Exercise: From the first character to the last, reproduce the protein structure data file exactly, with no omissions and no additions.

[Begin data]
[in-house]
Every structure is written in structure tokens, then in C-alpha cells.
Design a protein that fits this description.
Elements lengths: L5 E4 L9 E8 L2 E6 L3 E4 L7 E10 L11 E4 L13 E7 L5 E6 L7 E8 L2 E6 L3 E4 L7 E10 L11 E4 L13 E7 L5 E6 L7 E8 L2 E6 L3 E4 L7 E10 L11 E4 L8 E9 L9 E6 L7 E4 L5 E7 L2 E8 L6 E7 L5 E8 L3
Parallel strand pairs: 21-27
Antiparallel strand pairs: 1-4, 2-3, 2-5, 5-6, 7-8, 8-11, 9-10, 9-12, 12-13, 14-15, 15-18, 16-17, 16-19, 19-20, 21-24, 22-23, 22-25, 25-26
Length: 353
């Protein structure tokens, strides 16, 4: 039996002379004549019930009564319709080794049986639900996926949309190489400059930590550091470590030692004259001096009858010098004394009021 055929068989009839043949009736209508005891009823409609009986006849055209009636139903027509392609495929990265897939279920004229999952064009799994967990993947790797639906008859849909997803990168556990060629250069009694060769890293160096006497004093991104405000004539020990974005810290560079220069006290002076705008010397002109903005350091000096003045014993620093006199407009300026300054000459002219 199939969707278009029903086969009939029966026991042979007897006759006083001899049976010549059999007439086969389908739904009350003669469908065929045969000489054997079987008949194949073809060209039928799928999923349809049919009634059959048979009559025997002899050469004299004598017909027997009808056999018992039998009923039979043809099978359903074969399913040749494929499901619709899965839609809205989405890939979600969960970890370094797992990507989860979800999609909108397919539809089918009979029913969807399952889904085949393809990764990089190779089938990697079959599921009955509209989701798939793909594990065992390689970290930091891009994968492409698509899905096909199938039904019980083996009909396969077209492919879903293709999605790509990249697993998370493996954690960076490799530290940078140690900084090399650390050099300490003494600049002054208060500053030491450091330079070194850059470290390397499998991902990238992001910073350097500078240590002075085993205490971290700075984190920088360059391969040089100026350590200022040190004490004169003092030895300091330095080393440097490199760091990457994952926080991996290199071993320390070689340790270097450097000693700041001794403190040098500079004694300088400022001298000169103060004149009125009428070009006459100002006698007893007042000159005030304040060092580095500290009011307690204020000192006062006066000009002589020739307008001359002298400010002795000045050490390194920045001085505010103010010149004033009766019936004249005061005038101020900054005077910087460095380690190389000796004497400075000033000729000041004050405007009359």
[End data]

[in-house]
Every structure is written in structure tokens, then in C-alpha cells.
Design a protein that fits this description.
Elements lengths: L5 E4 L9 E8 L2 E6 L3 E4 L7 E10 L11 E4 L13 E7 L5 E6 L7 E8 L2 E6 L3 E4 L7 E10 L11 E4 L13 E7 L5 E6 L7 E8 L2 E6 L3 E4 L7 E10 L11 E4 L8 E9 L9 E6 L7 E4 L5 E7 L2 E8 L6 E7 L5 E8 L3
Parallel strand pairs: 21-27
Antiparallel strand pairs: 1-4, 2-3, 2-5, 5-6, 7-8, 8-11, 9-10, 9-12, 12-13, 14-15, 15-18, 16-17, 16-19, 19-20, 21-24, 22-23, 22-25, 25-26
Length: 353
């Protein structure tokens, strides 16, 4: 039996002379004549019930009564319709080794049986639900996926949309190489400059930590550091470590030692004259001096009858010098004394009021 055929068989009839043949009736209508005891009823409609009986006849055209009636139903027509392609495929990265897939279920004229999952064009799994967990993947790797639906008859849909997803990168556990060629250069009694060769890293160096006497004093991104405000004539020990974005810290560079220069006290002076705008010397002109903005350091000096003045014993620093006199407009300026300054000459002219 199939969707278009029903086969009939029966026991042979007897006759006083001899049976010549059999007439086969389908739904009350003669469908065929045969000489054997079987008949194949073809060209039928799928999923349809049919009634059959048979009559025997002899050469004299004598017909027997009808056999018992039998009923039979043809099978359903074969399913040749494929499901619709899965839609809205989405890939979600969960970890370094797992990507989860979800999609909108397919539809089918009979029913969807399952889904085949393809990764990089190779089938990697079959599921009955509209989701798939793909594990065992390689970290930091891009994968492409698509899905096909199938039904019980083996009909396969077209492919879903293709999605790509990249697993998370493996954690960076490799530290940078140690900084090399650390050099300490003494600049002054208060500053030491450091330079070194850059470290390397499998991902990238992001910073350097500078240590002075085993205490971290700075984190920088360059391969040089100026350590200022040190004490004169003092030895300091330095080393440097490199760091990457994952926080991996290199071993320390070689340790270097450097000693700041001794403190040098500079004694300088400022001298000169103060004149009125009428070009006459100002006698007893007042000159005030304040060092580095500290009011307690204020000192006062006066000009002589020739307008001359002298400010002795000045050490390194920045001085505010103010010149004033009766019936004249005061005038101020900054005077910087460095380690190389000796004497400075000033000729000041004050405007009359």